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Ed Yeates reportingPresident Bush signed a new law that some are calling the first major Civil Rights act of the 21st century. It will protect people who are born or identified with a genetic predisposition for a disease from specific kinds of discrimination.
Lori Henderson and her son Chris, along with hundreds of other families, can now freely participate in genetic studies without fear of discrimination just because they may have a genetic predisposition for a disease.
What kind of discrimination? Health insurance!
Dr. Jeffrey Botkin, associate vice president of University of Utah Research Integrity said, "In a tight market with increasing costs, many will look to exclude folks who are at higher than average risk for certain diseases, for coverage."
But the newly signed Genetic Information Nondiscrimination Act, or GINA as it's called, makes it illegal for health insurance companies to raise premiums or reject coverage based on the results of genetic tests.
The law goes even further! It also prohibits employers from rejecting job applicants or denying them a promotion based on genetic information, or requiring employees to undergo genetic testing.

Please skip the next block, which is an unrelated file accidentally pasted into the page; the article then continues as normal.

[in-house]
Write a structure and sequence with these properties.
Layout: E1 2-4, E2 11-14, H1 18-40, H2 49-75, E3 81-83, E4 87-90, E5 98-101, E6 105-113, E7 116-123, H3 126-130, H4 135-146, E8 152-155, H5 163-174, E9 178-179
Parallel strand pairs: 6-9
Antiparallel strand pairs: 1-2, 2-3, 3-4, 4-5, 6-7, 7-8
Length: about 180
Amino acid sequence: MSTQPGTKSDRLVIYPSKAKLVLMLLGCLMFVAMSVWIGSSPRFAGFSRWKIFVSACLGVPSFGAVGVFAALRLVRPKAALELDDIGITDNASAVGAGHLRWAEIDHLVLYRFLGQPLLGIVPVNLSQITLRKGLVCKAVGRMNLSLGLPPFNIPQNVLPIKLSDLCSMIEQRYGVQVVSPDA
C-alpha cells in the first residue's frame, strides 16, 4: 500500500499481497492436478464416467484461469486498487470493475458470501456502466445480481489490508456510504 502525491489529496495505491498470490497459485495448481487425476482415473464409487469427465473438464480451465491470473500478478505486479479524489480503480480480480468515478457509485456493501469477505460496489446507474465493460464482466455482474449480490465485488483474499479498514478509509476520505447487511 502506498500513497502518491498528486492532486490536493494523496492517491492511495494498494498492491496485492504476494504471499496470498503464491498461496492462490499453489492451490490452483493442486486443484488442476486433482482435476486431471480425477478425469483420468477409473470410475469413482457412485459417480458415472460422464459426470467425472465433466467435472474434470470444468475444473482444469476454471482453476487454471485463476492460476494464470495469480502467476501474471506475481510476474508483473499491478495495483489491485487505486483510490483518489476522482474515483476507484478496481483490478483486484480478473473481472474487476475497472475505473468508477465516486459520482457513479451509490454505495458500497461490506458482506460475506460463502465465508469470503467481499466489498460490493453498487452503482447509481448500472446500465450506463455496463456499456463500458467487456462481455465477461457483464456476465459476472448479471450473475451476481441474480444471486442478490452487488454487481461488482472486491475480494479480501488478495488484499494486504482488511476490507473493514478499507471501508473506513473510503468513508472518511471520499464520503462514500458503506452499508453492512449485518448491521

This new protection is also a plus for researchers working in labs because it means they can now go out and recruit more families to participate in major genetic studies.
It could involve people like KSL employees Lori and Chris, who not only want information about genetic vulnerabilities in their own family but to advance research that will lead to treatments and cures for others.
Dr. Botkin says the new law is essential as genetics assumes an ever-expanding role in diagnosing probabilities. But, he warns, it's not a panacea.
"If you get a genetic test that shows you're at an increased risk for cancer, it protects you. Once you get cancer, this bill does not protect you," he said.
The Senate unanimously supported the bill. The House endorsed it 414 to one.
GINA will take effect a year from now, on May 21, 2009.